For information only - not an official document
12 April 2010
"We Must Focus on Reducing Vulnerabilities"
SALVADOR, 12 April (UN Information Service) - The following is the text of the message from the Executive Director of the United Nations Office on Drugs and Crime (UNODC), Antonio Maria Costa, to the 12 th United Nations Congress on Crime Prevention and Criminal Justice, delivered by John Sandage, Officer-in-Charge, Division for Treaty Affairs.
I would like to add a few words from the perspective of UNODC (Mr. Costa is on mission in Mexico, and will be joining us for the high-level segment).
This Congress is part of a busy calendar of events in 2010 that provides an unprecedented opportunity for us to strengthen crime prevention and criminal justice. The full agenda of eight substantive items and five workshops will enable us to focus on making the criminal justice response 'fit for purpose'.
First, this Congress enables us to take stock of the world crime situation, and to assess our preparedness to deal with it - particularly emerging threats. Frankly, at the moment the picture is rather blurry due to a shortage of information and analysis. UNODC is trying to sharpen the focus, for example by preparing a transnational organized crime threat assessment.
This meeting also provides an opportunity to start a systematic review of all crime-related standards and norms - to make sure that we have the legal basis to achieve security and justice for all.
Furthermore, we must make sure that the UN guidelines on crime prevention work.
In particular, we must focus on reducing vulnerability: for example among individuals, like women, children, youth and migrants; among states, particularly where governance is weak; and among sectors, like the internet and the financial sector, that are being exploited by criminals. We must also identify, and cut, the links between drugs, crime and terrorism.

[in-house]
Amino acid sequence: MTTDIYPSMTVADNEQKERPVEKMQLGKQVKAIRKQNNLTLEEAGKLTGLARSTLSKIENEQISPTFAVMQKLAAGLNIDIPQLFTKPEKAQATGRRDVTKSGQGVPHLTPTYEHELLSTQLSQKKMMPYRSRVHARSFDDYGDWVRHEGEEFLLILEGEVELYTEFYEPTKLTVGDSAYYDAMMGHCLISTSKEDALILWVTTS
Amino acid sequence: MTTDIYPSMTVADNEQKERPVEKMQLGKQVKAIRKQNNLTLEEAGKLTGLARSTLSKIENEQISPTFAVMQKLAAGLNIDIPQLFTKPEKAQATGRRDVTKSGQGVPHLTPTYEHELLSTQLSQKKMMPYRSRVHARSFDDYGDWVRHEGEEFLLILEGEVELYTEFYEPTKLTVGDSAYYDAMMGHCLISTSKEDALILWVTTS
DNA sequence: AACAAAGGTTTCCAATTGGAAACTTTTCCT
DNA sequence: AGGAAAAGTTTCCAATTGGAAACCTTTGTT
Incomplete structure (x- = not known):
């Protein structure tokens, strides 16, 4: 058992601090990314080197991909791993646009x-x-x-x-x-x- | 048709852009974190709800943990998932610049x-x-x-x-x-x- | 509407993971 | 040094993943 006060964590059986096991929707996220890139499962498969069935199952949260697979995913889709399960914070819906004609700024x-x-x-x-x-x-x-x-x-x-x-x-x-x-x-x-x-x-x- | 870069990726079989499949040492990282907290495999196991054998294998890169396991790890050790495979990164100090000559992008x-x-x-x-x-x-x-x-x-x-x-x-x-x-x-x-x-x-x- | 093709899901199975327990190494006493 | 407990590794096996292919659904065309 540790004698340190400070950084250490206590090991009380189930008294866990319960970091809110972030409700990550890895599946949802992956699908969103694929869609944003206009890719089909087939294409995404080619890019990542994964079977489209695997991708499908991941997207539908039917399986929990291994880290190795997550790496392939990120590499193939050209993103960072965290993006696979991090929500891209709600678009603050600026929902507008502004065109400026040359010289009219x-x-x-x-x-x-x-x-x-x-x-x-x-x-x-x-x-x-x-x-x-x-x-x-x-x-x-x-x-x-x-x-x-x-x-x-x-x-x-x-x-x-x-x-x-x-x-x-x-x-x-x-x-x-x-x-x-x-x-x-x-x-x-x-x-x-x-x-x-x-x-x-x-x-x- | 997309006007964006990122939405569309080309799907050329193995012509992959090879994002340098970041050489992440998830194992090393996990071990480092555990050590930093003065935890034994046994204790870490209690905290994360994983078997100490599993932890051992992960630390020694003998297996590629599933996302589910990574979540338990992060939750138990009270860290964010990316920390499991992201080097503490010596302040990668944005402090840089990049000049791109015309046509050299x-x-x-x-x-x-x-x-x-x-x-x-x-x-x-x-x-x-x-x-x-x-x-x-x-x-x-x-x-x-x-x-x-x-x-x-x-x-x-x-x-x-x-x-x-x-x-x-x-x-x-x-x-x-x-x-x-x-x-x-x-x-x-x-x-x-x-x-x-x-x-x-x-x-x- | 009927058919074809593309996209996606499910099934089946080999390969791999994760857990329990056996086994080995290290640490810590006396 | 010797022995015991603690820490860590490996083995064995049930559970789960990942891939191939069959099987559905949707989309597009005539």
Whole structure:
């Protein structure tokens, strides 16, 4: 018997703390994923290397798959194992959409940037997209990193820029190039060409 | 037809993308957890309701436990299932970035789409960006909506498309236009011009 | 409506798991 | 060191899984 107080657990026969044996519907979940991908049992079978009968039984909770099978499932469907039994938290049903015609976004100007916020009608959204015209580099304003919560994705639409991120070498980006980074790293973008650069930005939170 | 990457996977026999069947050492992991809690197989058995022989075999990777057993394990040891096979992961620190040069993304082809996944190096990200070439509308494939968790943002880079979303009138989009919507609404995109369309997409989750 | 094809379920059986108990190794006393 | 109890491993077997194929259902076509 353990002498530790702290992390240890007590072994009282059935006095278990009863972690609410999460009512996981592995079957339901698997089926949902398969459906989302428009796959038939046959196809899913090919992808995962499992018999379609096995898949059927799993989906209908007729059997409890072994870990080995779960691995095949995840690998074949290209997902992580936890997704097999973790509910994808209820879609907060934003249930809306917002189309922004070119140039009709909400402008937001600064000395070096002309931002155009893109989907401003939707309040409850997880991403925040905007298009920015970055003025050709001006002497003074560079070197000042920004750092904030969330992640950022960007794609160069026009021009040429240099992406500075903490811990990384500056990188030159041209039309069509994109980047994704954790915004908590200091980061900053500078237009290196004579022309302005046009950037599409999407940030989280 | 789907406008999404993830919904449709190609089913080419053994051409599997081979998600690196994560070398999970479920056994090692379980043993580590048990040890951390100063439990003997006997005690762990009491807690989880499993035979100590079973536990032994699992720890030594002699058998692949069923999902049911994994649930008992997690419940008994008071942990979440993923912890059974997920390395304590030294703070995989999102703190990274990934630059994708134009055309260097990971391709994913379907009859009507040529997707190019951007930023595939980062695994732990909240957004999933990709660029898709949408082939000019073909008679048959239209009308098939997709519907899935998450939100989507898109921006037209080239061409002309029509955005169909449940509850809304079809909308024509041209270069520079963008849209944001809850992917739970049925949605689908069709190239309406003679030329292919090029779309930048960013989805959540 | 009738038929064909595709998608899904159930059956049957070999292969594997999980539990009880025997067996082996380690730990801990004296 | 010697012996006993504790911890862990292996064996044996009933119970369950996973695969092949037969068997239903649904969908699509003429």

From Salvador, we will go to Vienna. The Crime Commission next month will be the first chance to drive forward the strategies outlined in the Salvador Declaration.
In June, there will be a High Level Meeting of the General Assembly in New York to foster political momentum in support of the UN Convention against Transnational Organized Crime. Please ensure that your Ministers attend this event. For those States that are not yet a party, please come with instruments of ratification for deposit at the special treaty event. What better way to mark the 10th anniversary of the Palermo Convention.
In October, we look forward to the Conference of Parties of the UN Convention against Transnational Organized Crime. Let's use that occasion to make better use of the world's foremost crime-fighting treaty and its three Protocols, including by agreeing on a mechanism to review its implementation. Such a mechanism would enable us to measure progress, and identify needs for technical assistance. We did it in Doha for the anti-corruption Convention. We can do it in Vienna for the Palermo Convention.
Excellencies, Ladies and Gentlemen,
We have come a long way to get to Salvador - not just in terms of distance, but in terms of the criminal justice reforms that have been made over the past decade. And yet, crime is a threat to security, justice and development like never before. Therefore, this Congress comes at an important moment - one that we must seize in order to prevent crime and build justice in a changing world.
On behalf of UNODC, I would like to thank the Government of Brazil for its generosity in hosting us and its hard work in preparing this Congress. I would also like to thank all participants who have come here to make our cities and states - indeed our world - a safer place. Not least a big welcome to all representatives of civil society who have turned out in force: over 80 ancillary meetings are planned.
Ladies and Gentlemen, Crime Congresses are remembered for the impulse that they provide in tackling specific problems: like the First Congress in 1955 that adopted the Standard Minimum Rules of the Treatment of Prisoners, or the 10th Congress that set the stage for the UN Convention against Corruption.
This week, it is up to you all to define the legacy of Salvador. Let us therefore take steps that will address the real crime and justice challenges of our time.
I wish you all a productive meeting.
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